Today I’m pleased to share a guest post by Eric Melchor with ElevateMyCX.

When most of us think of plagues or epidemics we think of victims who break out with red spots all over their bodies or egg-sized buboes that ooze pus and blood. But think about the coronavirus pandemic. The symptoms are “hidden” in comparison to other outbreaks of the past. No one is suffering from subcutaneous hemorrhaging or developing golf-sized boils under their armpits or groin area. Still, pandemics like the coronavirus can be deadly, having taken 50,000+ American lives and counting already. Many people don’t even know they’ve had such a virus. Symptoms could range anywhere from a cough to headaches – things that most of us experience on a daily basis.

And think about how we combat viruses. Doesn’t the absence of major symptoms make it difficult to diagnose and treat the disease? Without obvious symptoms, you have millions of people interacting with one another, causing the virus to spread.

Implementing CX strategies to reduce friction, complaints, and confusion is a bit like combating multiple diseases. Budget, resources, and ideas are applied to critical issues that induce the worst complaints. Most customer experience professionals tackle the problems that NPS Detractors point out again and again – which is understandable as the squeakiest wheels get the grease. However, it’s also the silent wheels that, although aren’t showing any major signs of wear or tear, should be addressed. Otherwise, these hidden elements can prove to be deadly.

3 Hidden Elements in Your Customer Experience That Have a Huge Impact on Your Success

(1) Social Proof (Customer Reviews)

Buyers today are relying on customer reviews now more than ever before. In many cases. before a buyer even visits your website, in addition to searching for more information about a product or service, they are doing research about the company’s reputation.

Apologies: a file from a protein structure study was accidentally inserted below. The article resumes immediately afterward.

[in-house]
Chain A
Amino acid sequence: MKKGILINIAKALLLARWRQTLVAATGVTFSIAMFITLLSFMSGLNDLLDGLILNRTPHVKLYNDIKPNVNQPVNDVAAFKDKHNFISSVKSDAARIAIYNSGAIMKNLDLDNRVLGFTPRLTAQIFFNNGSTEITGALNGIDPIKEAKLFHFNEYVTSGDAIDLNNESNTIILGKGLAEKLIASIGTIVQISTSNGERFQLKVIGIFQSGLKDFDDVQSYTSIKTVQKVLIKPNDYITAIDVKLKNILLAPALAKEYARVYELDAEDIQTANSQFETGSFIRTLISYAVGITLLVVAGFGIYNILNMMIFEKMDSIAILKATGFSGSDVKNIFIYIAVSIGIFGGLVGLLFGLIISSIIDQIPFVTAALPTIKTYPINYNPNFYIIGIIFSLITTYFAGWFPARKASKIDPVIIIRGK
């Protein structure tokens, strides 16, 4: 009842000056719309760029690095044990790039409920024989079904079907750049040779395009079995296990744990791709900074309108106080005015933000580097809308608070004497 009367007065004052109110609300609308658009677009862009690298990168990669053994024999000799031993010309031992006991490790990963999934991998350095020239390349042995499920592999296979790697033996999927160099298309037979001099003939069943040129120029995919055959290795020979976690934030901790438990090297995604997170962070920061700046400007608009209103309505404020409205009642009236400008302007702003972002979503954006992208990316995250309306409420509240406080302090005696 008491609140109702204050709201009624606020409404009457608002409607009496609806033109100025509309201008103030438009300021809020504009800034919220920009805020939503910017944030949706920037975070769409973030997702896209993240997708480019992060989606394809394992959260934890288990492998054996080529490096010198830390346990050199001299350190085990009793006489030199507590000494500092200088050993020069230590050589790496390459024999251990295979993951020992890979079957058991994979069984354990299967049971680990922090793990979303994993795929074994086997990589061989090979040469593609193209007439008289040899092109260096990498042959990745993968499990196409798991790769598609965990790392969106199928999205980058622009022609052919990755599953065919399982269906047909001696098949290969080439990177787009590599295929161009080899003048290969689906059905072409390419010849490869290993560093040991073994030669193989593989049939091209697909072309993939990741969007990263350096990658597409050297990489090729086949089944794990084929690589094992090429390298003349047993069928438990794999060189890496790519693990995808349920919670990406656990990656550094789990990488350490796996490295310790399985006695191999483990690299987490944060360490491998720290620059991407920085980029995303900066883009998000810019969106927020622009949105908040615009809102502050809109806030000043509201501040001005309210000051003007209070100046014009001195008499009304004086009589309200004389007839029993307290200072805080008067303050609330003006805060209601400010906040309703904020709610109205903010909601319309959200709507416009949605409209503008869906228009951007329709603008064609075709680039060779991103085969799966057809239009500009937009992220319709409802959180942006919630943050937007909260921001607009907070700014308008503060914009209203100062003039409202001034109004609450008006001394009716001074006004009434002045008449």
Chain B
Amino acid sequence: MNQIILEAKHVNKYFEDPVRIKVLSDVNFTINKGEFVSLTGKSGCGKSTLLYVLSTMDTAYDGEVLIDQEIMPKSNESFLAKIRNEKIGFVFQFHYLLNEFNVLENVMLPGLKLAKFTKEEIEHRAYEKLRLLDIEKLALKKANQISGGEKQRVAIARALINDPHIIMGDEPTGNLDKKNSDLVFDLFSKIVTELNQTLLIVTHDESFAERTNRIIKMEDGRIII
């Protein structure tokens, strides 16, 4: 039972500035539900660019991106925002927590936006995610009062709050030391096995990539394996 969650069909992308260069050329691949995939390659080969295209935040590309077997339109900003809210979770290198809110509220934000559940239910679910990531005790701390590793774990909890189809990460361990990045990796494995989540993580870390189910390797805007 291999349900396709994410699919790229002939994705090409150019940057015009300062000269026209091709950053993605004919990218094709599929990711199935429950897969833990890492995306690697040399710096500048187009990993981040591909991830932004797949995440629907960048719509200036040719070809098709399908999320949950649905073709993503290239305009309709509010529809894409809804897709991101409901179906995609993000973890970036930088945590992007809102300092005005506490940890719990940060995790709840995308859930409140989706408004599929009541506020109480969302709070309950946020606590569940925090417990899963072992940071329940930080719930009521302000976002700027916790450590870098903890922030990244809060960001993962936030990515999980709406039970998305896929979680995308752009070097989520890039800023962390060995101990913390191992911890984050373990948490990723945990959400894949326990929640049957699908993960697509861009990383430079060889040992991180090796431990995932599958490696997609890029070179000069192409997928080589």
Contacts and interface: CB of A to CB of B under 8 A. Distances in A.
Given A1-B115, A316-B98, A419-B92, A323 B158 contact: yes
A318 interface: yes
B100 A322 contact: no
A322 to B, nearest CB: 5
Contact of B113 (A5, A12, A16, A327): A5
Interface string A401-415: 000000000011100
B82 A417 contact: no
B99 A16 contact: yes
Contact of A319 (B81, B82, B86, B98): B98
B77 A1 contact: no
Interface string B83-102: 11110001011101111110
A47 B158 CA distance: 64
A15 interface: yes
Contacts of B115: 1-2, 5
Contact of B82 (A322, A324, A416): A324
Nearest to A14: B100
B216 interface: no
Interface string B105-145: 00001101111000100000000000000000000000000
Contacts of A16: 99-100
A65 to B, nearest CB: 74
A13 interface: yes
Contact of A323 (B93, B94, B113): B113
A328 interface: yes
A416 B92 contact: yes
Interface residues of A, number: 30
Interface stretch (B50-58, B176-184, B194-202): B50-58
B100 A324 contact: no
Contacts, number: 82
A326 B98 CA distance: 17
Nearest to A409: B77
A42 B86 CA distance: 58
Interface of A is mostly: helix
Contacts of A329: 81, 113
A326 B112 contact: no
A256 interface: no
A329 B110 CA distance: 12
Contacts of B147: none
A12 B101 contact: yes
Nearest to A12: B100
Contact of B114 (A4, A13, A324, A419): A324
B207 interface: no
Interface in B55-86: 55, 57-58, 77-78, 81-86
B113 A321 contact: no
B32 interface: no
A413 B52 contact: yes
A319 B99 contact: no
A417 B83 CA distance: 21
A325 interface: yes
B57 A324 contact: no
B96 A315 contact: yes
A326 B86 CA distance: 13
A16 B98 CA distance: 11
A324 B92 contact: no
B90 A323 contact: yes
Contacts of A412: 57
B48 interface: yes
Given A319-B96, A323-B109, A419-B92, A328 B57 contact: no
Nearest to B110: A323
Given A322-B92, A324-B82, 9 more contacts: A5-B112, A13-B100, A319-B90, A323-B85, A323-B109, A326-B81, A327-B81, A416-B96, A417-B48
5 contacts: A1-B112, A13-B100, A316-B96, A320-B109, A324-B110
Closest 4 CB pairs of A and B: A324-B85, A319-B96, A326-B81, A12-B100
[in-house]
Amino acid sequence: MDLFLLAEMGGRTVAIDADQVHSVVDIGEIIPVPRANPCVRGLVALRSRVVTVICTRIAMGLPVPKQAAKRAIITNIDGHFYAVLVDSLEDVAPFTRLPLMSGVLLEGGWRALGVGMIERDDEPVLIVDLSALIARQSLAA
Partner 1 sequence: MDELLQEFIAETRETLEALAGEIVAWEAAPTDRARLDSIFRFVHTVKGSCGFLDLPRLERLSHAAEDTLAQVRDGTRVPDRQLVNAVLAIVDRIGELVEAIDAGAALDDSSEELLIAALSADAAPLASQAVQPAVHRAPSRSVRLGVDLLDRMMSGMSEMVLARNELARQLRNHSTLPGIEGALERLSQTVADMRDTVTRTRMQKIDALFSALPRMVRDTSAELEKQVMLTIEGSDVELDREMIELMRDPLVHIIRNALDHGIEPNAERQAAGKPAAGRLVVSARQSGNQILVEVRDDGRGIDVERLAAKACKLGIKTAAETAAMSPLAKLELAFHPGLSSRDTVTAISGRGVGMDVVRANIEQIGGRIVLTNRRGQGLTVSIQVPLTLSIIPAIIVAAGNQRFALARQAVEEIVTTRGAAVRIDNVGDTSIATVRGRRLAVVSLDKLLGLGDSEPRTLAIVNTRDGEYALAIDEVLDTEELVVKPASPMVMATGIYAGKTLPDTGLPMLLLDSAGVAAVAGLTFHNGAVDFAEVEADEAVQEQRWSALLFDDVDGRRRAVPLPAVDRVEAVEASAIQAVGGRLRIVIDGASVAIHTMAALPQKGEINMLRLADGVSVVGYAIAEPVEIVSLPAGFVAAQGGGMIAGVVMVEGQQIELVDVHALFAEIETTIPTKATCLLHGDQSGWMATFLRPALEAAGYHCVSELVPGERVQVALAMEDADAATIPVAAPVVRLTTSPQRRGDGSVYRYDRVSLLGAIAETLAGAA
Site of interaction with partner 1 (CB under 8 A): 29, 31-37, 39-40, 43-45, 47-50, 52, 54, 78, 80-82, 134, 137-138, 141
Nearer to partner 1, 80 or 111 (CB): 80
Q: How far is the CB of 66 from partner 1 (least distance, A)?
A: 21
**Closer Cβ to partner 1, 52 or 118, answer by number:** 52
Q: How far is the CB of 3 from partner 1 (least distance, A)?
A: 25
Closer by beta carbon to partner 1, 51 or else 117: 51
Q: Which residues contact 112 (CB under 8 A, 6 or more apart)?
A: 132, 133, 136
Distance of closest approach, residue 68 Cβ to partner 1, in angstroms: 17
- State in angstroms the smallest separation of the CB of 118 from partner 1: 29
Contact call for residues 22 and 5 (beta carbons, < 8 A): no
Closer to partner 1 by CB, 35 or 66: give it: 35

Try searching for a company on Google that does not display some sort of customer review star rating. In addition to the Google profile appearing on the right side of the page displaying a few customer testimonials and rating, many review sites like TrustPilot and Best Company appear on the first page of Google results. If your company’s review ratings are poor, why would a customer continue the buying experience for your brand?

Overseeing the online reputation and having a strategy to enhance a brand’s social proof is the first invisible element of a CX strategy.

(2) Value-Added Post Purchase Emails

While you’ve convinced a buyer to pull out his credit card and purchase a product or service, you haven’t yet turned him into a loyal customer or advocate for your brand. The hurdle you’ll face is if there is another service or product out in the marketplace that is perceived as equal value and costs roughly the same, then the customer will see no difference in choosing your competitor.

But value-added post-purchase emails can change that.